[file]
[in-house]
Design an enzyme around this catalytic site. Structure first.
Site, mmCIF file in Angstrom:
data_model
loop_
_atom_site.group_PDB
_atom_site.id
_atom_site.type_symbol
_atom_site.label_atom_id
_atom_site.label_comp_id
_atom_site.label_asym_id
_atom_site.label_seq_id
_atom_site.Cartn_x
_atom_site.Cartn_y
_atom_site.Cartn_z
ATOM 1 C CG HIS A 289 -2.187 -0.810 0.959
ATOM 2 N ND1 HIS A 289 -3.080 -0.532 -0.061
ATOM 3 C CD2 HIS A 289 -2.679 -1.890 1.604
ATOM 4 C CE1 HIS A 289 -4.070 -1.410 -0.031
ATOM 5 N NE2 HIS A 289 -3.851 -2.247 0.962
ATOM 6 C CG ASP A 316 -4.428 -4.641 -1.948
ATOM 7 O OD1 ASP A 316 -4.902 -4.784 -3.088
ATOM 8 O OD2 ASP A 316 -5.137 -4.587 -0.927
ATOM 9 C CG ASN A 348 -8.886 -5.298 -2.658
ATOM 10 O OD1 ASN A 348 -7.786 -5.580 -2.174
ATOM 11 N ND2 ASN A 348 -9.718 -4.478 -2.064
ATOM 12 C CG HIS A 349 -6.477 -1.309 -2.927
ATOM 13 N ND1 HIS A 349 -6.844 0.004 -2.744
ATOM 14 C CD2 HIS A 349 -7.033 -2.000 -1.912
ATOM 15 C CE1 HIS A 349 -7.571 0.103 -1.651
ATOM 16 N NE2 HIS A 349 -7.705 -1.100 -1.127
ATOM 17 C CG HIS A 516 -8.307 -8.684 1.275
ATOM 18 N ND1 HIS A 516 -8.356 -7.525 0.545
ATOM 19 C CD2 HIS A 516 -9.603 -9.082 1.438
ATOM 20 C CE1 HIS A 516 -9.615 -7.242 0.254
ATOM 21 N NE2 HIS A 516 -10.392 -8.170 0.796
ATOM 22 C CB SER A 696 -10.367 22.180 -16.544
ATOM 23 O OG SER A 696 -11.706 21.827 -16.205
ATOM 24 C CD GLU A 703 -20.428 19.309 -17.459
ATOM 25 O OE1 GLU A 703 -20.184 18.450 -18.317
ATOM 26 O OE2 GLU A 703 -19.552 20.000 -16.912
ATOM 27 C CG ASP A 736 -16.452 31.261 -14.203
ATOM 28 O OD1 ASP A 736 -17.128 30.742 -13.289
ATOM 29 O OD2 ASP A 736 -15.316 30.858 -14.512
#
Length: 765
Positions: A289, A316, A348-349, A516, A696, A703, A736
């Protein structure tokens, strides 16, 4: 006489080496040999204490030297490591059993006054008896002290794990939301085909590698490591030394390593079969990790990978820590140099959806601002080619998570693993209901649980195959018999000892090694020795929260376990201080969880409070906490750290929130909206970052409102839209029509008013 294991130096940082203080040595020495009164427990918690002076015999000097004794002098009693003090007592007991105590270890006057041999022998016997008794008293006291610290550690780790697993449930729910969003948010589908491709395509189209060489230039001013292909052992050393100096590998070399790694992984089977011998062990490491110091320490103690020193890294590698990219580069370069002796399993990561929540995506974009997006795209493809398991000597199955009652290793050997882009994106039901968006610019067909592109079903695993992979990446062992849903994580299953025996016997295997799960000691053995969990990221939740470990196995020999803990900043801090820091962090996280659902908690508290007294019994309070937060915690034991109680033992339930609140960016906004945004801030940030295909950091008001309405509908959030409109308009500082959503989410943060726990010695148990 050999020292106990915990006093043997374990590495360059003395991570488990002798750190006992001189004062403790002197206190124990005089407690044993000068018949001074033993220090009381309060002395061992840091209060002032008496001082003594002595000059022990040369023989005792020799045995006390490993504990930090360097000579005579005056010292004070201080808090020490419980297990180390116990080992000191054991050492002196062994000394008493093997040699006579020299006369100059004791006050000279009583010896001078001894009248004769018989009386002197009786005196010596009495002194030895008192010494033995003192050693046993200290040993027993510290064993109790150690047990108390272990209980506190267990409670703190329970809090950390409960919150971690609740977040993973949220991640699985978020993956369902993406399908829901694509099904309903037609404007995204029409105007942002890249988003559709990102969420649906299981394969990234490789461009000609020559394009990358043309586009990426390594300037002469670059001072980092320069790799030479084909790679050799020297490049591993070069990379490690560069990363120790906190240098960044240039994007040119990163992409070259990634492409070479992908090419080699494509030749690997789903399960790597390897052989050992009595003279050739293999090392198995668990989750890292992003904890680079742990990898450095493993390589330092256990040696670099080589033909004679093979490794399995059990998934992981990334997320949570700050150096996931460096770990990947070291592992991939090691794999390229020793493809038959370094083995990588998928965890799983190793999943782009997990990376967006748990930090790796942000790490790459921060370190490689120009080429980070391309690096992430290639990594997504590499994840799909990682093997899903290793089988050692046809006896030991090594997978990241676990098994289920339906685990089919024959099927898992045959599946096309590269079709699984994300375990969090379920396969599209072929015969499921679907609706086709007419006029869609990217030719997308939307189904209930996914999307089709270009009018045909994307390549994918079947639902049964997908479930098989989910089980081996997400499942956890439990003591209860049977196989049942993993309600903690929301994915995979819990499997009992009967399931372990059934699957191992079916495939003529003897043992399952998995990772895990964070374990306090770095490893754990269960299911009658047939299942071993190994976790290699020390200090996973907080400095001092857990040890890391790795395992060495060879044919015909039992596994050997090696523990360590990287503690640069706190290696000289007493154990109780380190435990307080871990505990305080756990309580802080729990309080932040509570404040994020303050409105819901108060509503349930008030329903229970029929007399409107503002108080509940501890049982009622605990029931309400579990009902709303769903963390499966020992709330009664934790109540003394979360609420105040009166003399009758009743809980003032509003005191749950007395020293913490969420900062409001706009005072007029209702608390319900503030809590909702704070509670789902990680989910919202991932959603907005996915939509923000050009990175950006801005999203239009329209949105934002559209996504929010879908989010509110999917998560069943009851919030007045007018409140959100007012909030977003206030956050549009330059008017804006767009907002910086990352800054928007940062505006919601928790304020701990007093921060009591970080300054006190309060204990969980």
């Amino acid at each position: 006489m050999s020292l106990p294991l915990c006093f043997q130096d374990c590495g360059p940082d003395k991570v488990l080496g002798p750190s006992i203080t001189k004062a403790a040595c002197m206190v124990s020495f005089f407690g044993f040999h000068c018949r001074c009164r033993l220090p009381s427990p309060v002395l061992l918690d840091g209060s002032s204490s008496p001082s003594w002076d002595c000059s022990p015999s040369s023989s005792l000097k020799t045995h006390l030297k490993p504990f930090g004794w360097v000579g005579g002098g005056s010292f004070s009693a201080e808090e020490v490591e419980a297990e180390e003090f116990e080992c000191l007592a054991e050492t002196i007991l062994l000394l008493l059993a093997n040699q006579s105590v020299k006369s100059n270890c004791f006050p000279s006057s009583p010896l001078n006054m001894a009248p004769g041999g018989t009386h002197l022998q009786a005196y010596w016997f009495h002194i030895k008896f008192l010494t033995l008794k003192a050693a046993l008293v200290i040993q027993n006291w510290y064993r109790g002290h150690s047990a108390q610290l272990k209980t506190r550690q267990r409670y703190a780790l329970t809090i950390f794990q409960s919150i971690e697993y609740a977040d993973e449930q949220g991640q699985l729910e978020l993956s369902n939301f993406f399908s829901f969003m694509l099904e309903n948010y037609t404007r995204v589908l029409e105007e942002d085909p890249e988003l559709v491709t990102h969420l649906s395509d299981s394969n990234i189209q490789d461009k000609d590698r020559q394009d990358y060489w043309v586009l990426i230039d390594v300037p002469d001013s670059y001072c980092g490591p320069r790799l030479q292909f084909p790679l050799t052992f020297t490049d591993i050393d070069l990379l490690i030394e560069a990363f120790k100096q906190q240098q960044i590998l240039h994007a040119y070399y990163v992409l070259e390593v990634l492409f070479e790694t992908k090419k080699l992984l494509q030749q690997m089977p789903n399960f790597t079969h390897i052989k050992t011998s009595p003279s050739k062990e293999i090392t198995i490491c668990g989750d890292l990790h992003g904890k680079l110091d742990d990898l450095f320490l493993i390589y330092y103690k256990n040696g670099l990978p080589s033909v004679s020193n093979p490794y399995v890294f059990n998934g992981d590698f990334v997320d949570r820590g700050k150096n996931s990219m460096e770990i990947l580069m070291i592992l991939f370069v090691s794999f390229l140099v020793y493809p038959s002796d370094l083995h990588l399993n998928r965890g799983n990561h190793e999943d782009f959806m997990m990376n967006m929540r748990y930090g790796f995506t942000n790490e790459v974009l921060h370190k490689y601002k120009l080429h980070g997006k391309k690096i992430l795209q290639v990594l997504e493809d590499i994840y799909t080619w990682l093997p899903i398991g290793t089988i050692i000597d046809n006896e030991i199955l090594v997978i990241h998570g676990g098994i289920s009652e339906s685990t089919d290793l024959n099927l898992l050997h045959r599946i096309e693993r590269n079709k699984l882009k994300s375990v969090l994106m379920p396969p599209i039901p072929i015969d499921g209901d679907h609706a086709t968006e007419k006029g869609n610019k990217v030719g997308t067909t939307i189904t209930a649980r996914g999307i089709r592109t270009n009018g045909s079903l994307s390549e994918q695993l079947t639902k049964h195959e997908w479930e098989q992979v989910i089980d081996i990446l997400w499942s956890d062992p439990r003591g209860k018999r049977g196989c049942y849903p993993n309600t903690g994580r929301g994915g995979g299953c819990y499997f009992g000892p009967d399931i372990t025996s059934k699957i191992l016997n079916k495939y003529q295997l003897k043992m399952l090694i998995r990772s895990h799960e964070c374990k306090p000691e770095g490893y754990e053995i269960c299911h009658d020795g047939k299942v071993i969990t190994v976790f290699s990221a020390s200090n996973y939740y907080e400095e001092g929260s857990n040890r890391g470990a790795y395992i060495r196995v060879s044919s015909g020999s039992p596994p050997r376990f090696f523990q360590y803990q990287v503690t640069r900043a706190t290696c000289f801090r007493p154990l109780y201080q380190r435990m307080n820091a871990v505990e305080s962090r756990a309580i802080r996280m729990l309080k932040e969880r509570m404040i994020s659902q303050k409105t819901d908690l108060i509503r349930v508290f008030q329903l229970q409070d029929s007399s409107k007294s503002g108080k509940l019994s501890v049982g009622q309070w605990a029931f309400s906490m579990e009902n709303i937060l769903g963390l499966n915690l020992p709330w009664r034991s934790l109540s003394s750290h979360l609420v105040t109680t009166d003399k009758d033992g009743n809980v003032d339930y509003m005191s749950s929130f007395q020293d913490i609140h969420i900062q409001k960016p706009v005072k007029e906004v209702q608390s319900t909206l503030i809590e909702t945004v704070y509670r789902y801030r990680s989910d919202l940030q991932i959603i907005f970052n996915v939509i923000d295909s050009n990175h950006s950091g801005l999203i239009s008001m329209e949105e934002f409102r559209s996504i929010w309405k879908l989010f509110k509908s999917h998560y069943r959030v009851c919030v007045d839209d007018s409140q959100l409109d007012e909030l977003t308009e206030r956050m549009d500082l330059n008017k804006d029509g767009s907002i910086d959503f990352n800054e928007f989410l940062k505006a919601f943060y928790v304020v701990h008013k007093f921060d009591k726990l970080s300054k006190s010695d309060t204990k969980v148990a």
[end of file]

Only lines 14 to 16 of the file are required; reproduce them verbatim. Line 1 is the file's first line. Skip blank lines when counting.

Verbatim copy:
_atom_site.Cartn_y
_atom_site.Cartn_z
ATOM 1 C CG HIS A 289 -2.187 -0.810 0.959